The Ba'ath Party isn't fascist -- it was founded on social-democracy / 'socialist' principles:
It's a mixture of Arab nationalism and socialism, and they call themselves socialist nationalists.
"Unity, freedom, and socialism."
All the minorities that suffered ethnic cleansing by the Baath party in Syria and Iraq want a word.
The 10s of thousands of political prisons in Sednaya and Tadmor prisons, as well as the 100s of thousands persecuted and killed in Iraq by the Baath regime want a word.
House Makhlouf, House Assad, and their relatives, sitting on their billions of dollars of corruption money, approve of this propaganda message.
Regarding the presence of the left streak in the Baath party, all of them were purged out during the internal conflicts of the 60s as the right wing military leaders took power of the party.
You're sounding distinctly Zionist / pro-Israel, since you're effectively calling for divide-and-conquer of the Arab populations in the region, to the benefit of Israeli consolidation.
Read up on the history of the middle east.
It was never united for it to be divided and conquered. Unions were forced on it by colonial powers and maintained by Arab nationalists and Supremacists.
Also, that's not what zionism is.
Pan-Arabism is *not* comparable to white supremacy (or Hindu supremacism, for that matter) because you've already acknowledged that Arab countries like Syria and Lebanon were former *colonies* of the West:
Pan arabism has sought to ethnic cleanse non-Arab minorities from the region, and has succeeded in most places.
Also, being former colonies is irrelevant to some being Arab supremacists.
But, more to the point, there's no *ideology* of supremacism as there is with Zionism, white supremacy, or Hindu supremacism.
Clearly then you haven't heard of the genocides committed in the middle east in the name of Arab Supremacy and an Arab ethnostate.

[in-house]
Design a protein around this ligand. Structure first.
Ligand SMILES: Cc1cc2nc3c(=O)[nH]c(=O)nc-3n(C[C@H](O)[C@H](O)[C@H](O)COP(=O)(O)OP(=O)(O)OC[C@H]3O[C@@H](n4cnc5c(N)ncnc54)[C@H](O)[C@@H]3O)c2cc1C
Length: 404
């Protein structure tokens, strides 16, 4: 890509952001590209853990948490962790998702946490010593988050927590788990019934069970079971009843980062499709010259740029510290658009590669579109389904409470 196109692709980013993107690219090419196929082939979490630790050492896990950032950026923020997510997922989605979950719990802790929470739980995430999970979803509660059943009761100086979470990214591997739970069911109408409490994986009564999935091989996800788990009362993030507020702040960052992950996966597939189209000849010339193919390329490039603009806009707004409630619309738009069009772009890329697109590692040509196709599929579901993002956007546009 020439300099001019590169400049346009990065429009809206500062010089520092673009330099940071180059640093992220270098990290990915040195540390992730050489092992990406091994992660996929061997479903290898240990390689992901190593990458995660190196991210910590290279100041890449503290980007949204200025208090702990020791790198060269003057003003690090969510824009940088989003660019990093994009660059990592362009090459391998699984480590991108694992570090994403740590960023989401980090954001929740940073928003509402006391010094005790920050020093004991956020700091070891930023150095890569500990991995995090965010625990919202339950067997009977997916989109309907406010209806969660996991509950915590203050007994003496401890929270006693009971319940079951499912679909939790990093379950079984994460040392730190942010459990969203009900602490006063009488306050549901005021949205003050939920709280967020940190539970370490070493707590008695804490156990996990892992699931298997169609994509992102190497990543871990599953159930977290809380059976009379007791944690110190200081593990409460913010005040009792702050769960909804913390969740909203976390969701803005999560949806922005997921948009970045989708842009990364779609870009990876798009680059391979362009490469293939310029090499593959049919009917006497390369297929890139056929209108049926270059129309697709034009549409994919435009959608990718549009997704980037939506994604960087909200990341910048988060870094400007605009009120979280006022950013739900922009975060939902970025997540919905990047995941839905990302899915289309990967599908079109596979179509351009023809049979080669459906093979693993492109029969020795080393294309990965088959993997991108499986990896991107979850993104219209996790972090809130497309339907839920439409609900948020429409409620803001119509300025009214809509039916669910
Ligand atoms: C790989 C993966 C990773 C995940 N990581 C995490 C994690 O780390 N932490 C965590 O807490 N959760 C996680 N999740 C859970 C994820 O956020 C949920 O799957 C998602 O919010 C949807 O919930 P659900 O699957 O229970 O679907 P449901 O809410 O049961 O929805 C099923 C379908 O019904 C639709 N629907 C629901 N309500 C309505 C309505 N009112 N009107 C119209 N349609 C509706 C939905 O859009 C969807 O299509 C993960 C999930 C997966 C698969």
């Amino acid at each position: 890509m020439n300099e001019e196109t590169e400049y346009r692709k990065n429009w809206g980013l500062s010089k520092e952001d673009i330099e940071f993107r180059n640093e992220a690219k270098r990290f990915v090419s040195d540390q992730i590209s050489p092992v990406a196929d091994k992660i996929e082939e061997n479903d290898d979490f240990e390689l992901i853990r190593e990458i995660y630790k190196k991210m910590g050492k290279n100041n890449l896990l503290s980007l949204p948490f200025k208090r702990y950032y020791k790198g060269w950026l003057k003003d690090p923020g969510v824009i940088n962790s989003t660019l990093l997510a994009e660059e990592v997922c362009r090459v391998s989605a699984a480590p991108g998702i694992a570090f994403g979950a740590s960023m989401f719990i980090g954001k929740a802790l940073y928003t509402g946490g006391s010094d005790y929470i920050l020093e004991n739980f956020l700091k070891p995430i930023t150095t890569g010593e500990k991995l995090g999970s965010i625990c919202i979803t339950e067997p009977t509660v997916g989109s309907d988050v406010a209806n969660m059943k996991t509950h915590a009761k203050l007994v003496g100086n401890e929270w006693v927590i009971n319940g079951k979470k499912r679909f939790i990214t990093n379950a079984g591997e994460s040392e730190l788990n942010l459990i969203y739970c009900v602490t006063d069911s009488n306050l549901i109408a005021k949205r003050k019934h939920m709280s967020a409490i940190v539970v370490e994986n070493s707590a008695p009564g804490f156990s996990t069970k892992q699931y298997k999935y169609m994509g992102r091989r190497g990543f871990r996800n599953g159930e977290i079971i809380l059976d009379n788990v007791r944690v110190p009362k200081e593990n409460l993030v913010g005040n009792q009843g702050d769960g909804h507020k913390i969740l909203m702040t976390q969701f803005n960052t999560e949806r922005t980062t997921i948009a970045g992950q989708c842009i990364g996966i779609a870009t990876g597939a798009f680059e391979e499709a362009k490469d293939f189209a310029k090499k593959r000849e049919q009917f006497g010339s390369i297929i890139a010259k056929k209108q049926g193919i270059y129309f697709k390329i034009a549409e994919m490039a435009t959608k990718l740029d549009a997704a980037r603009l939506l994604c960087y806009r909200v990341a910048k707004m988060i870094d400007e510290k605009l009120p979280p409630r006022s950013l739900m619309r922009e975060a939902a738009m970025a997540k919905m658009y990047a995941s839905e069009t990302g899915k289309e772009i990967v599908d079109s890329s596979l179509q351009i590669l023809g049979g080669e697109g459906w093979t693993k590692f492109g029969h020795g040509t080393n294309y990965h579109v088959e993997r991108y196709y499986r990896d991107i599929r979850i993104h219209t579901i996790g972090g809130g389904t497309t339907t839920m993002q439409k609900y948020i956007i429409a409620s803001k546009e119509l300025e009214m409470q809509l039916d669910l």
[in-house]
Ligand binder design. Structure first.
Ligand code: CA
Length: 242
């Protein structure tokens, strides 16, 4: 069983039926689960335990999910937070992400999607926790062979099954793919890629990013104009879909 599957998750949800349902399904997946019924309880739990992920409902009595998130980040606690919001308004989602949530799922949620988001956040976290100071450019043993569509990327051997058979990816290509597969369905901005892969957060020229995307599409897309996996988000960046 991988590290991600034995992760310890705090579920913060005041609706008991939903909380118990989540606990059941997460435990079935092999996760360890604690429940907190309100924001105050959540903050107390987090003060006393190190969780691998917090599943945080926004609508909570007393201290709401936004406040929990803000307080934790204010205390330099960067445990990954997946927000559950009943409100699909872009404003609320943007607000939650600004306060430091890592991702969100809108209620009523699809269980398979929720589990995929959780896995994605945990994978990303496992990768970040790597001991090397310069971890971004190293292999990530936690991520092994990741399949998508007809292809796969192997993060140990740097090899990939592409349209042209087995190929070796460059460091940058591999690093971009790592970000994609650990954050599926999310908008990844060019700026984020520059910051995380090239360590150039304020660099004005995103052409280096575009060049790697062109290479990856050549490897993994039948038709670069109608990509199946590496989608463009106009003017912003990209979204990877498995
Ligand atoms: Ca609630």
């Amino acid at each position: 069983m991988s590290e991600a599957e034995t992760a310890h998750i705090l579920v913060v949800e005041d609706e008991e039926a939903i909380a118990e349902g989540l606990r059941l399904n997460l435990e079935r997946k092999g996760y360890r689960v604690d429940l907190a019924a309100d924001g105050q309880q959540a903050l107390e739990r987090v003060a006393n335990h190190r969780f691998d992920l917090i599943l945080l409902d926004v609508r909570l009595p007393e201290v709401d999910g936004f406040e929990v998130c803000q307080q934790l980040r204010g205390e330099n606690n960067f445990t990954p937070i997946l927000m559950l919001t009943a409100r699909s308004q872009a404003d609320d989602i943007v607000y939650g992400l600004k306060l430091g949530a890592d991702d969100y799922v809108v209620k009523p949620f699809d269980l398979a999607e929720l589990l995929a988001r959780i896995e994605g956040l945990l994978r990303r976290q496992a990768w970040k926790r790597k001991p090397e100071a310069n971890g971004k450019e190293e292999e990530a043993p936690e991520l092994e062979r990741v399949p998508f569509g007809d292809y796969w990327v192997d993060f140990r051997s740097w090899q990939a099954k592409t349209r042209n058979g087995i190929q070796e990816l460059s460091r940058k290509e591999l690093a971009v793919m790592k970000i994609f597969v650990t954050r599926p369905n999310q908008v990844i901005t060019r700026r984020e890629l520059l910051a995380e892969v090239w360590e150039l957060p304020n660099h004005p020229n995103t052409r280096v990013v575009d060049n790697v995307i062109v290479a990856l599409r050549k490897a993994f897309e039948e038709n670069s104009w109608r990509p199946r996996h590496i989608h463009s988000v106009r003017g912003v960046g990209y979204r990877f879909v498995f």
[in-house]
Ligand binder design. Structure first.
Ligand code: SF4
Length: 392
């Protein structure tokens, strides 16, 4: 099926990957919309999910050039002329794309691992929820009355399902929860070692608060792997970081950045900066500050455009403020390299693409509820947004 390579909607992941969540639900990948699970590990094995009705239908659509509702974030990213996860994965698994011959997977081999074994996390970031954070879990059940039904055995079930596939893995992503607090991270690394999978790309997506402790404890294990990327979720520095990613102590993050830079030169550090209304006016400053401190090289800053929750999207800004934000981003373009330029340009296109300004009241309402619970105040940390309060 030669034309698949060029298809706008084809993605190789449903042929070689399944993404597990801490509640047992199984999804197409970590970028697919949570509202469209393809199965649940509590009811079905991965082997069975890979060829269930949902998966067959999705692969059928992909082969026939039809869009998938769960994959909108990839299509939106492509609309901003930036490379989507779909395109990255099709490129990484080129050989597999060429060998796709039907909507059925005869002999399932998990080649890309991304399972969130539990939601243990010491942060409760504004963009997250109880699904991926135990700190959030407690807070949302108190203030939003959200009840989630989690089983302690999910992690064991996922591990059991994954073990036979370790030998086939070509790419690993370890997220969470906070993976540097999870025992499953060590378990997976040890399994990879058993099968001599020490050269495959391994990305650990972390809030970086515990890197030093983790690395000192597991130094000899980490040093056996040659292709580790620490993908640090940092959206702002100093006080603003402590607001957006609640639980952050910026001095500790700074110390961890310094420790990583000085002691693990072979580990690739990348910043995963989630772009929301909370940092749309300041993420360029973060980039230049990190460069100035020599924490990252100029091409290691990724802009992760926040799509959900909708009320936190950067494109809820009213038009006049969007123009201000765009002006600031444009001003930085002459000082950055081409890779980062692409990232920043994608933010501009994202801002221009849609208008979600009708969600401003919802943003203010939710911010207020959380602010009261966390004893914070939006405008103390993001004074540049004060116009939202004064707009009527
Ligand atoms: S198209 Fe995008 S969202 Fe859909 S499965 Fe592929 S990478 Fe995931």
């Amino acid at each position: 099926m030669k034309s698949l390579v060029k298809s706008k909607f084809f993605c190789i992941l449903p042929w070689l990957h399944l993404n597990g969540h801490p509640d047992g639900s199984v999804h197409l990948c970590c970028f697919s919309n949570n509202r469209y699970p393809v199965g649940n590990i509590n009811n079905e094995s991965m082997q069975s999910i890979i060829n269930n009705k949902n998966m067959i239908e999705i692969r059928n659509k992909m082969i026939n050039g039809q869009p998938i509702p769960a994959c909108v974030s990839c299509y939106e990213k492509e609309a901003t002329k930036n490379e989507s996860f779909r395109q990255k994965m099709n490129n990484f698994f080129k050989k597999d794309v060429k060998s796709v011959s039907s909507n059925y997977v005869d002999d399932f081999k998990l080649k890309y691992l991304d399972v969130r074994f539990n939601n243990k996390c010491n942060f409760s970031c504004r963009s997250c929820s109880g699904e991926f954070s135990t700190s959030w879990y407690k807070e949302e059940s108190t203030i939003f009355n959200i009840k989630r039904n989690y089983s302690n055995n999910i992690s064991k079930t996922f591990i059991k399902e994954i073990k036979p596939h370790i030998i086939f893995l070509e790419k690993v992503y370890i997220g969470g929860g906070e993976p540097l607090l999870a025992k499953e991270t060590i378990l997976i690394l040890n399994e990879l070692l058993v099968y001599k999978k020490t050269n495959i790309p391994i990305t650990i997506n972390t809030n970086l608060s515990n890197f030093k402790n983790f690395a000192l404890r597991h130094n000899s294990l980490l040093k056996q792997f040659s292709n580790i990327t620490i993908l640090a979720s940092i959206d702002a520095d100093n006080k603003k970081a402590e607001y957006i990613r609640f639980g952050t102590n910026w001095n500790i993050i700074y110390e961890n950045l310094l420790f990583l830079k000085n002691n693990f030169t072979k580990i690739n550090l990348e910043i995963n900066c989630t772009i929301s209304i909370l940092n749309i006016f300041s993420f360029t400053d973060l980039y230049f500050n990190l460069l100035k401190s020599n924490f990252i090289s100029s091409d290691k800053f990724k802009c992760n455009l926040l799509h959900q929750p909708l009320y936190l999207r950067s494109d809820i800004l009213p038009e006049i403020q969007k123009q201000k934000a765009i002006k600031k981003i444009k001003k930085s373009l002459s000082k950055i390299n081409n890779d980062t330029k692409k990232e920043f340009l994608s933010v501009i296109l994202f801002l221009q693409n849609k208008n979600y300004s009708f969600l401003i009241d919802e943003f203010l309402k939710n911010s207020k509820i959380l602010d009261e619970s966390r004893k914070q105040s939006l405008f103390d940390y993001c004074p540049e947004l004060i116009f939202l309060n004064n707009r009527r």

By implication you're saying that you're with *Iran*, which I seriously *doubt*:
The capital of Hezbollah was in Baalbek before the Doha agreement.
The foundation of Hezbollah started in Baalbek.
Baalbek tribes have been close allies to Iran for decades through the Iranian tribes as we share common blood (My family, for example, are duel citizens of Lebanon and Iran and much of my family used to live in Iran until very recently)
The first cracks started when Nasrallah decided to ally with the Syrian regime, and the full break up began with the Syrian war as the tribes sided with the rebels while Nasrallah and the clerics sided with the regime.
Also, we financed most of the institutions, not Iran, which is why it almost entirely went bankrupt and started cutting down activity and shutting down once we left.
It wasn't NATO -- it was Obama:
It was neither, the conflict started around the beginning of the cold war, with some conflicts going back to the mid 19th century (1800s)
You're vaguely pointing to some factionalism in Syria's past, but you're not making any point of your own.
Read my posts to @annatar1914 . I made the point.
The point I meant to make with that excerpt is that the protests are, and have been, *cross-class*, in nature -- some protestors want a "technocracy", while others are pro-Hezbollah. I can't discern what the *proportions* are, but it's definitely cross-class and heterogeneous.
Pro-Hezbollah protests are barely noticeable. The protestors were shouting Hezbollah is a terrorist and called for all the ruling class to be hanged including Nasrallah.
Tribes are based on heredity, while nations are based on bureaucracy.
Nope. Tribes in the region vary widely in governing systems, and not all are based on heredity.
Even blood connection is not that common within tribes since most of them are the result of 100s and 1000s of years of constant merging between smaller tribes and clans to make up bigger and bigger ones.